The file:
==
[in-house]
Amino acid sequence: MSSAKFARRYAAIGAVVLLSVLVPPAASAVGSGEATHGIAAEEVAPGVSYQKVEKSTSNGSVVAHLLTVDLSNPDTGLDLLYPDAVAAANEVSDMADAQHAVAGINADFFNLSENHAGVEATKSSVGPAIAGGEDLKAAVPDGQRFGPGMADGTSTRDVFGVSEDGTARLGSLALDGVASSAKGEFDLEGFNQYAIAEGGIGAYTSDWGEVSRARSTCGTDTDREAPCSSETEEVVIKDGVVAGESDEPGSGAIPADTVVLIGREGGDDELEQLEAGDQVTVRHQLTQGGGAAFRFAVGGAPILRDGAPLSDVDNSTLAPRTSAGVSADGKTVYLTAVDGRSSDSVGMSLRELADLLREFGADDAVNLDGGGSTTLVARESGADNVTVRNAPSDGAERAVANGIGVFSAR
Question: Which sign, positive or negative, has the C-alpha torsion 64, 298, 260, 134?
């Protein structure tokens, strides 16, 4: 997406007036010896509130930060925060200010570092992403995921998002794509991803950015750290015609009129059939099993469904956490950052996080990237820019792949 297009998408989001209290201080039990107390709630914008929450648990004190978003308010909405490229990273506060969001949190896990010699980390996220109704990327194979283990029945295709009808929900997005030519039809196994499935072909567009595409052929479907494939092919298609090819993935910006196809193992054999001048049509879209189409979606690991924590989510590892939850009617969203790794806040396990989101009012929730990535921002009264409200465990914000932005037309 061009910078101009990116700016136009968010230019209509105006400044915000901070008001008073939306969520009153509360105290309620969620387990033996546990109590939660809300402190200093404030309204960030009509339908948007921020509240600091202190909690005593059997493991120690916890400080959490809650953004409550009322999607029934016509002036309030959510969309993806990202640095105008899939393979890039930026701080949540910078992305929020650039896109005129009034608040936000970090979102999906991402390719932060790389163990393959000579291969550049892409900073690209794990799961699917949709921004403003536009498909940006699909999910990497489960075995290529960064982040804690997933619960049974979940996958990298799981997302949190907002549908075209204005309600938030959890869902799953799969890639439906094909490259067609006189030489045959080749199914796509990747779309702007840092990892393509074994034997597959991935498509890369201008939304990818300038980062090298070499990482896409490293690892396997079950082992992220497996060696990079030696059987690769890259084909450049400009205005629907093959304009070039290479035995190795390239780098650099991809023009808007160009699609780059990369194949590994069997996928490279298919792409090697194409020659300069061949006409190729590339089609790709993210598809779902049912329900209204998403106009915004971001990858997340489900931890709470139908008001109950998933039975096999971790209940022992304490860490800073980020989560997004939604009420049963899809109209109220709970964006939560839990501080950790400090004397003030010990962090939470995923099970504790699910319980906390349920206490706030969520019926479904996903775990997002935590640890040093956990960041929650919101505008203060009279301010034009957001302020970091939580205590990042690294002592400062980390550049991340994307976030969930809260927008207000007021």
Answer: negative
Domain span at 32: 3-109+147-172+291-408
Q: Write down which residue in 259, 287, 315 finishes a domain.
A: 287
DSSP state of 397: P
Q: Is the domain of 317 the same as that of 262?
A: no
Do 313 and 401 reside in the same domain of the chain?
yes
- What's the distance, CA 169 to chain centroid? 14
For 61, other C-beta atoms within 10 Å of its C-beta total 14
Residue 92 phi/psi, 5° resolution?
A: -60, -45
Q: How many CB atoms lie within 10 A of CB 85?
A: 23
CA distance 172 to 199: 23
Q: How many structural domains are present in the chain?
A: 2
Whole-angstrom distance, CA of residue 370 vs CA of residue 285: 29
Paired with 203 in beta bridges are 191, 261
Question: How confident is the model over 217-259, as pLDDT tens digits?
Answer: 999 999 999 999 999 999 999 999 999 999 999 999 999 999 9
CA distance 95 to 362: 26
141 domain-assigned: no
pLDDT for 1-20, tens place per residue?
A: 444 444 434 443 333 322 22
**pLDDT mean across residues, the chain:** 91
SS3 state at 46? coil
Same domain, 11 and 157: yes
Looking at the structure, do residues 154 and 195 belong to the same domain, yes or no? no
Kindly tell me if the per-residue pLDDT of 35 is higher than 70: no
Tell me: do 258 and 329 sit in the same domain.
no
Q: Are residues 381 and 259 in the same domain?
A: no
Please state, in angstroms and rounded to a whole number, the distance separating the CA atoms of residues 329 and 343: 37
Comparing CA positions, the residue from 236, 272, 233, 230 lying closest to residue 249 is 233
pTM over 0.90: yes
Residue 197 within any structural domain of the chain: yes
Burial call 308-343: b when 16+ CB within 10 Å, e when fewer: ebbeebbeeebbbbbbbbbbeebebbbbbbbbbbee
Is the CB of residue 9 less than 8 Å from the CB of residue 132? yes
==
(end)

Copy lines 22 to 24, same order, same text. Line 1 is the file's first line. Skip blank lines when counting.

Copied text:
A: 2
Whole-angstrom distance, CA of residue 370 vs CA of residue 285: 29
Paired with 203 in beta bridges are 191, 261